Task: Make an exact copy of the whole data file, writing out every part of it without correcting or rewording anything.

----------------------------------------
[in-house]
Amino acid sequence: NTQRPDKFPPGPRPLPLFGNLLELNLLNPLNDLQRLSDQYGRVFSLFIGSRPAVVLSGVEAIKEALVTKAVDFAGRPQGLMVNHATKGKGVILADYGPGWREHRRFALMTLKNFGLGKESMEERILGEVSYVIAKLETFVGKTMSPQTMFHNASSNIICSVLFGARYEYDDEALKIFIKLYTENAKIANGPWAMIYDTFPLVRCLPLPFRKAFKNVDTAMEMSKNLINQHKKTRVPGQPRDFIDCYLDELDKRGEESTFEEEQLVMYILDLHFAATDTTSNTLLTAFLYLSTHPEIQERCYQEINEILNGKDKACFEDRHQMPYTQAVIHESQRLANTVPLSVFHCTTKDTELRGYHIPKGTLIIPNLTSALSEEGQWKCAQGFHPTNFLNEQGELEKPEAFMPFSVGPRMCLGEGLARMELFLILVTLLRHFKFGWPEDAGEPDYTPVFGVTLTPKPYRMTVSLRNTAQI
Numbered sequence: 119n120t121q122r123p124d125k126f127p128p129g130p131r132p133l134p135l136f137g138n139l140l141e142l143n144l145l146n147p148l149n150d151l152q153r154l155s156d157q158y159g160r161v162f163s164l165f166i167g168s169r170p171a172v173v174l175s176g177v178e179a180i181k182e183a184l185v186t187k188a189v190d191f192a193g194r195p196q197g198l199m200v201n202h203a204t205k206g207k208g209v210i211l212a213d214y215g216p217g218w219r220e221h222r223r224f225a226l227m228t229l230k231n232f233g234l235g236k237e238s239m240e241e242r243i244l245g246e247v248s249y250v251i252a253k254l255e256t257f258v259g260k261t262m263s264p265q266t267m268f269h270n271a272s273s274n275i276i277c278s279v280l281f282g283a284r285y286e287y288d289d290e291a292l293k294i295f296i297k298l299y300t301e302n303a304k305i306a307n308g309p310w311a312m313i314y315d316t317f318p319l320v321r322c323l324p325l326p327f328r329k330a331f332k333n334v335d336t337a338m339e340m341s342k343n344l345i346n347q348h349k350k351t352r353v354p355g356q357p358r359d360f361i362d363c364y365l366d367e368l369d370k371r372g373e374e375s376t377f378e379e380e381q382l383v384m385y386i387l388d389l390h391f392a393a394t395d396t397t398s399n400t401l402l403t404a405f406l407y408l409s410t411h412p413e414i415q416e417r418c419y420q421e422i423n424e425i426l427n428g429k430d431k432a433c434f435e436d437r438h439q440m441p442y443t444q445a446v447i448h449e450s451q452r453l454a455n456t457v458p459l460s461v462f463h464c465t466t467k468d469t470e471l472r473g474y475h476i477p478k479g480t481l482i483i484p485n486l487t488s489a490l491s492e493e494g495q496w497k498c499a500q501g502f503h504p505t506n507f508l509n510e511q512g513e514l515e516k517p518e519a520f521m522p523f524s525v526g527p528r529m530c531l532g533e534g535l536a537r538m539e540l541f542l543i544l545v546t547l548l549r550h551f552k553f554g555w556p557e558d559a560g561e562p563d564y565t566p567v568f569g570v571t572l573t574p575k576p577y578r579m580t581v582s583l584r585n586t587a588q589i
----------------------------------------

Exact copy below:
[in-house]
Amino acid sequence: NTQRPDKFPPGPRPLPLFGNLLELNLLNPLNDLQRLSDQYGRVFSLFIGSRPAVVLSGVEAIKEALVTKAVDFAGRPQGLMVNHATKGKGVILADYGPGWREHRRFALMTLKNFGLGKESMEERILGEVSYVIAKLETFVGKTMSPQTMFHNASSNIICSVLFGARYEYDDEALKIFIKLYTENAKIANGPWAMIYDTFPLVRCLPLPFRKAFKNVDTAMEMSKNLINQHKKTRVPGQPRDFIDCYLDELDKRGEESTFEEEQLVMYILDLHFAATDTTSNTLLTAFLYLSTHPEIQERCYQEINEILNGKDKACFEDRHQMPYTQAVIHESQRLANTVPLSVFHCTTKDTELRGYHIPKGTLIIPNLTSALSEEGQWKCAQGFHPTNFLNEQGELEKPEAFMPFSVGPRMCLGEGLARMELFLILVTLLRHFKFGWPEDAGEPDYTPVFGVTLTPKPYRMTVSLRNTAQI
Numbered sequence: 119n120t121q122r123p124d125k126f127p128p129g130p131r132p133l134p135l136f137g138n139l140l141e142l143n144l145l146n147p148l149n150d151l152q153r154l155s156d157q158y159g160r161v162f163s164l165f166i167g168s169r170p171a172v173v174l175s176g177v178e179a180i181k182e183a184l185v186t187k188a189v190d191f192a193g194r195p196q197g198l199m200v201n202h203a204t205k206g207k208g209v210i211l212a213d214y215g216p217g218w219r220e221h222r223r224f225a226l227m228t229l230k231n232f233g234l235g236k237e238s239m240e241e242r243i244l245g246e247v248s249y250v251i252a253k254l255e256t257f258v259g260k261t262m263s264p265q266t267m268f269h270n271a272s273s274n275i276i277c278s279v280l281f282g283a284r285y286e287y288d289d290e291a292l293k294i295f296i297k298l299y300t301e302n303a304k305i306a307n308g309p310w311a312m313i314y315d316t317f318p319l320v321r322c323l324p325l326p327f328r329k330a331f332k333n334v335d336t337a338m339e340m341s342k343n344l345i346n347q348h349k350k351t352r353v354p355g356q357p358r359d360f361i362d363c364y365l366d367e368l369d370k371r372g373e374e375s376t377f378e379e380e381q382l383v384m385y386i387l388d389l390h391f392a393a394t395d396t397t398s399n400t401l402l403t404a405f406l407y408l409s410t411h412p413e414i415q416e417r418c419y420q421e422i423n424e425i426l427n428g429k430d431k432a433c434f435e436d437r438h439q440m441p442y443t444q445a446v447i448h449e450s451q452r453l454a455n456t457v458p459l460s461v462f463h464c465t466t467k468d469t470e471l472r473g474y475h476i477p478k479g480t481l482i483i484p485n486l487t488s489a490l491s492e493e494g495q496w497k498c499a500q501g502f503h504p505t506n507f508l509n510e511q512g513e514l515e516k517p518e519a520f521m522p523f524s525v526g527p528r529m530c531l532g533e534g535l536a537r538m539e540l541f542l543i544l545v546t547l548l549r550h551f552k553f554g555w556p557e558d559a560g561e562p563d564y565t566p567v568f569g570v571t572l573t574p575k576p577y578r579m580t581v582s583l584r585n586t587a588q589i